Violence against women has become a sensitive topic in the last few decades. Policies contrasting violence against women, research, awareness-raising and training projects are lacking. Several attempts were made to find a shared framework at international-regional level, given the uncertainty and diversity at the level of individual national jurisdictions.
The Istanbul Convention, with its innovations and the ability to tackle the issue in the light of modernization and globalization, is, in this sense, one of the most useful tools for proposing uniform regulation on this issue.
The comparative analysis with the different realities, not only national, but above all cultural, social, highlights the normative diversity, as well as the frame of the effective application of the convention itself.
Chapter 1 - Re-conceptualizing Sexual Harassment - Premises and Challenges, Irine Kherkheulidze;
Chapter 2 - Protecting women from rape. A comparative analysis in the light of the Istanbul Convention, Valentina Rita Scotti;
Chapter 3 - Prostitution in the IC analyzed under the lenses of thenational judgements and the Cedaw Jurisprudence, Camilla Maria Simeone
Chapter 4 - Types of Protection orders under the Istanbul Convention – legal tools for an efficient prevention of violence and femicide, Fabio Zambardino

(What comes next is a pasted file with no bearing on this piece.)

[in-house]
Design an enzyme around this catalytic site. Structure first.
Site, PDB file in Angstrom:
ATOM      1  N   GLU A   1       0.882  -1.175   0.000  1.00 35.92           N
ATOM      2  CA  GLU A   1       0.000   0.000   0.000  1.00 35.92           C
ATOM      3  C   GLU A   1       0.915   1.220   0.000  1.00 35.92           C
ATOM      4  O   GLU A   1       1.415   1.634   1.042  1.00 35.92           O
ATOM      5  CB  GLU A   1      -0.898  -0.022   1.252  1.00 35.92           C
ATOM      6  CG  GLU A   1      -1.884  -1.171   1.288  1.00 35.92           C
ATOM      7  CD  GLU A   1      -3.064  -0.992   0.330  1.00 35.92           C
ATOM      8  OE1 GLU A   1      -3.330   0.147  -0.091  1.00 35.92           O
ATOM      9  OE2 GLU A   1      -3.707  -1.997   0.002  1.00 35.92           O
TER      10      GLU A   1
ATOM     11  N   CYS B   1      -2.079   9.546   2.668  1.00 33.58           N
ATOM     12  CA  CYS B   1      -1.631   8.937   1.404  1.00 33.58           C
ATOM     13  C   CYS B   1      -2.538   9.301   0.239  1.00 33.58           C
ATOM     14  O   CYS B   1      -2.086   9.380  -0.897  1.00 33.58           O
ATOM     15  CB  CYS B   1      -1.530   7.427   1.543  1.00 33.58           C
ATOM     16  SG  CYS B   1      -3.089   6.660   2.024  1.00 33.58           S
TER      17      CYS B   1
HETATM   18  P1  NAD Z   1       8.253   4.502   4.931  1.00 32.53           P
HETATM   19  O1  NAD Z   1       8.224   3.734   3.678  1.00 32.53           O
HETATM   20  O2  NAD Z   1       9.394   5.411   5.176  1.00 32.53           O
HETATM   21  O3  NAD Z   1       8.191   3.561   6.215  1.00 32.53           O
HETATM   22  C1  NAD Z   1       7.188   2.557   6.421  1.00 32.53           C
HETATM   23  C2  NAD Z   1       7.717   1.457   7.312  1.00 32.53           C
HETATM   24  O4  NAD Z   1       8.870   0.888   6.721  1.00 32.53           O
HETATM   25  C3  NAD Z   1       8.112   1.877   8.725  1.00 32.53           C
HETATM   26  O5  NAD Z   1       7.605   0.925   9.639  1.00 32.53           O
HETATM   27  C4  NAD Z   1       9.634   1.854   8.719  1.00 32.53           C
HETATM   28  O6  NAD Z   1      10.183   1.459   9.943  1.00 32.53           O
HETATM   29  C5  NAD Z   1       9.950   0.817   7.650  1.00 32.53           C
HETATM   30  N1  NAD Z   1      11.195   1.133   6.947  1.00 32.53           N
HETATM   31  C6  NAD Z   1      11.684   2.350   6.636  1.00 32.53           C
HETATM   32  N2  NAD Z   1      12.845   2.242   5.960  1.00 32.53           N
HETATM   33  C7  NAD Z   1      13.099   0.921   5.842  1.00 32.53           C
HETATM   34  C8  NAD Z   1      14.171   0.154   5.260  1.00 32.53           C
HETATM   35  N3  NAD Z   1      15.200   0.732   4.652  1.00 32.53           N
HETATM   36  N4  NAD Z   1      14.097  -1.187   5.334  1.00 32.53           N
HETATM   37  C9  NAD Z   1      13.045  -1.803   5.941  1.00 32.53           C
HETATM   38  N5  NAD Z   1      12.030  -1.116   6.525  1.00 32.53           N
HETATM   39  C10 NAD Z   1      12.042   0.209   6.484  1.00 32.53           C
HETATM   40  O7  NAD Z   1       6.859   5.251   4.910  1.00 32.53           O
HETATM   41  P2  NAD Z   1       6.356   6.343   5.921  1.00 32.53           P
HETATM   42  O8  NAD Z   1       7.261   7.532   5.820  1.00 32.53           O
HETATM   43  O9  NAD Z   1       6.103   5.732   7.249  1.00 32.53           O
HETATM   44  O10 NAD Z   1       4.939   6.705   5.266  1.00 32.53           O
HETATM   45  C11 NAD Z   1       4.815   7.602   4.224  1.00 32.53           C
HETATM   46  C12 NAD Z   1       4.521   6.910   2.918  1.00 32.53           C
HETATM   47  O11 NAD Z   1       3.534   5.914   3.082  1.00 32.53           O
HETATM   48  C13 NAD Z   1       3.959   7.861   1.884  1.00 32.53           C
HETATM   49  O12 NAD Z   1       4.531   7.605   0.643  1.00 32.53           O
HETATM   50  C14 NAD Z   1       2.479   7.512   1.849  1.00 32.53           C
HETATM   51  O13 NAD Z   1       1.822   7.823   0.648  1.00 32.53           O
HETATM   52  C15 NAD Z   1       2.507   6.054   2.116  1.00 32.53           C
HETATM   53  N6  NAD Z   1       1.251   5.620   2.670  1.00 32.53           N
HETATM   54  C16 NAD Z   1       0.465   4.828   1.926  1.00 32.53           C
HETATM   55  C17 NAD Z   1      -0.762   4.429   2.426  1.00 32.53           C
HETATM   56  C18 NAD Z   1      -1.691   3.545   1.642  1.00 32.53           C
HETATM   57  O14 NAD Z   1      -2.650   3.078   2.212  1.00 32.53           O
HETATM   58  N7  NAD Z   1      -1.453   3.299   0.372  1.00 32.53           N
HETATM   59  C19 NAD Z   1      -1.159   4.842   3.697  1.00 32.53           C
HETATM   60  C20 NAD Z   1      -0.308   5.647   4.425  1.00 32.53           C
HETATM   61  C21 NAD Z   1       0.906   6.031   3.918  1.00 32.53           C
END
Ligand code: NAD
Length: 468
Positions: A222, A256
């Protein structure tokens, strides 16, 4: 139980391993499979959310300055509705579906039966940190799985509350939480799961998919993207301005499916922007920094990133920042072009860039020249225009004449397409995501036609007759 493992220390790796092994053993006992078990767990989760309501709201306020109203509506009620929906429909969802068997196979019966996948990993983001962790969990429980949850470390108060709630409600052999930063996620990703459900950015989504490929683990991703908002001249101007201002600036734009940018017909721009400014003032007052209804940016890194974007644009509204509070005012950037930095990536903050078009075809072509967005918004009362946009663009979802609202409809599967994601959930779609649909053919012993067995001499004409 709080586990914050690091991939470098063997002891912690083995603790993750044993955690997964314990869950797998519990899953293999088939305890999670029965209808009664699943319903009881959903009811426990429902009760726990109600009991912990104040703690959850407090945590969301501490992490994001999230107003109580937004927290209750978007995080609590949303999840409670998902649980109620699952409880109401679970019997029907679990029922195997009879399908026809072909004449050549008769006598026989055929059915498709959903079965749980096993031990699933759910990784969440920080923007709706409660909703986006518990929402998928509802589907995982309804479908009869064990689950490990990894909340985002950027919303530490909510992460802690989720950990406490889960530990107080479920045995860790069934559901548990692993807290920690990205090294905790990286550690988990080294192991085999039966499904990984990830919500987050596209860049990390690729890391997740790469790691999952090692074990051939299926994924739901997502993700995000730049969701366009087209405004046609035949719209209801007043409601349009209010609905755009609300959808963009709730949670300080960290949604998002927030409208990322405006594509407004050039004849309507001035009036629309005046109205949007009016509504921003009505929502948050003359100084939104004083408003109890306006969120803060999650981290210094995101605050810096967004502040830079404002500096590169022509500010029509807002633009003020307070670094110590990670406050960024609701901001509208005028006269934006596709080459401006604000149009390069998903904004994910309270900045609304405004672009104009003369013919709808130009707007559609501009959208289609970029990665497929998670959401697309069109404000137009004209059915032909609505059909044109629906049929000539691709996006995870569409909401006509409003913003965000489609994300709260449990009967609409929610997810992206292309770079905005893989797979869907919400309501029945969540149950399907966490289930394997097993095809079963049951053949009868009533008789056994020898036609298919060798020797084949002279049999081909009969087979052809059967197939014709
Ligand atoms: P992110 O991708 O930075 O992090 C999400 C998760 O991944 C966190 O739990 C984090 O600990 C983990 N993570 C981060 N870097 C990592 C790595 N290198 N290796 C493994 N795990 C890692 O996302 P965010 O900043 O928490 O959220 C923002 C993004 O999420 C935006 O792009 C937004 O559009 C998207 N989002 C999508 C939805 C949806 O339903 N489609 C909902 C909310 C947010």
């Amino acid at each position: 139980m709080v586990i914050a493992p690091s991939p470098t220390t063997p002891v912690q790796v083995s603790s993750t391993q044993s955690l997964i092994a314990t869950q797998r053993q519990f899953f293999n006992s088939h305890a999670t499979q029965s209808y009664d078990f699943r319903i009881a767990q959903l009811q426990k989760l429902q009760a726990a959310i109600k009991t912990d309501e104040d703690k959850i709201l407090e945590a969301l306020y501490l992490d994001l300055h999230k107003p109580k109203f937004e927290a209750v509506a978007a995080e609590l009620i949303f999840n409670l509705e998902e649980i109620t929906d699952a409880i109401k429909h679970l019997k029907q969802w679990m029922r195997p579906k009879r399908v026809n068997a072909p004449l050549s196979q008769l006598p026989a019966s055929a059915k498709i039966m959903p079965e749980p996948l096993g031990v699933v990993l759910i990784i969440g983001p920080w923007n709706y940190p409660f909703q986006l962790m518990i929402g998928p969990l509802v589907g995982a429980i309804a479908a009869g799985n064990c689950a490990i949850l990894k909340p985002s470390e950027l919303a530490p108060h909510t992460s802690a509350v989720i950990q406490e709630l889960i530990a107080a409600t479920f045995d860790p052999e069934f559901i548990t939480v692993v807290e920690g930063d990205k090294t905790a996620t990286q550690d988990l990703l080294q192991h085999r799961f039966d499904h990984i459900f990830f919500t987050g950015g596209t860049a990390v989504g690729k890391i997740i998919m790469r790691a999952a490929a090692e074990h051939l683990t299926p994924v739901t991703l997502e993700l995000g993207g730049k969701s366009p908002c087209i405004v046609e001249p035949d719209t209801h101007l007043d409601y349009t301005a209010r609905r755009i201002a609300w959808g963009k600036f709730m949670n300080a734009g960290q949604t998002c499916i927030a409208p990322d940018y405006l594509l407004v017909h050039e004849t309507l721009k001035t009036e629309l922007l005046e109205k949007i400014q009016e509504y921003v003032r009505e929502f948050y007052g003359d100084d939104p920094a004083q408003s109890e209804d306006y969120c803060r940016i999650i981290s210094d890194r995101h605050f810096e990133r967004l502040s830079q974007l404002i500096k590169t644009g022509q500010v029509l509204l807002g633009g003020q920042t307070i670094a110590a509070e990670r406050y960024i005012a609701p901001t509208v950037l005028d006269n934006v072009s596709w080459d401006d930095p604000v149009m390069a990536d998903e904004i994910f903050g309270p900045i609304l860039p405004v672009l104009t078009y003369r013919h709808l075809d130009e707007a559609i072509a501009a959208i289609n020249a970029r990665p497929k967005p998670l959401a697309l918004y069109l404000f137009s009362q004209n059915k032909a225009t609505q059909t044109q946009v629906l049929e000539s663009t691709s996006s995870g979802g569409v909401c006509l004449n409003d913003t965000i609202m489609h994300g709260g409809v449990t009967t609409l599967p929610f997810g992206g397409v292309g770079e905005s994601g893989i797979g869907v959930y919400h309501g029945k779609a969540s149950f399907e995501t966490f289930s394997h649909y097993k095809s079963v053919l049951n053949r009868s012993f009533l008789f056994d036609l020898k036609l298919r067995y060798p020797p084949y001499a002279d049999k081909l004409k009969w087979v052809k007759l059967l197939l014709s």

Chapter 5 - Re-thinking the (legal) limits of the state in the case of Talpis v Italy, Giorgia Baldi
Chapter 6 - Women’s Rights and Protection of Women from Domestic Violence in Muslim Countries Within and Beyond the Council of Europe: The Legislation in Turkey and Bahrain as a Case Study, Pasquale Borea
Chapter 7 - Between patriarchy and Occupation: violence against women in the Occupied Palestinian Territories, Giorgia Baldi
Chapter 8 - Violence against women: a comparative analysis among Morocco, Algeria and Tunisia, Andrea Russo
Chapter 9 - Returning to work after childbirth: A comparative legal perspective on discrimination affecting new moms, Elena Falletti
Chapter 10 - Legal issues on gender-based discrimination on and beyond the stage from a comparative perspective, Giovanna Carugno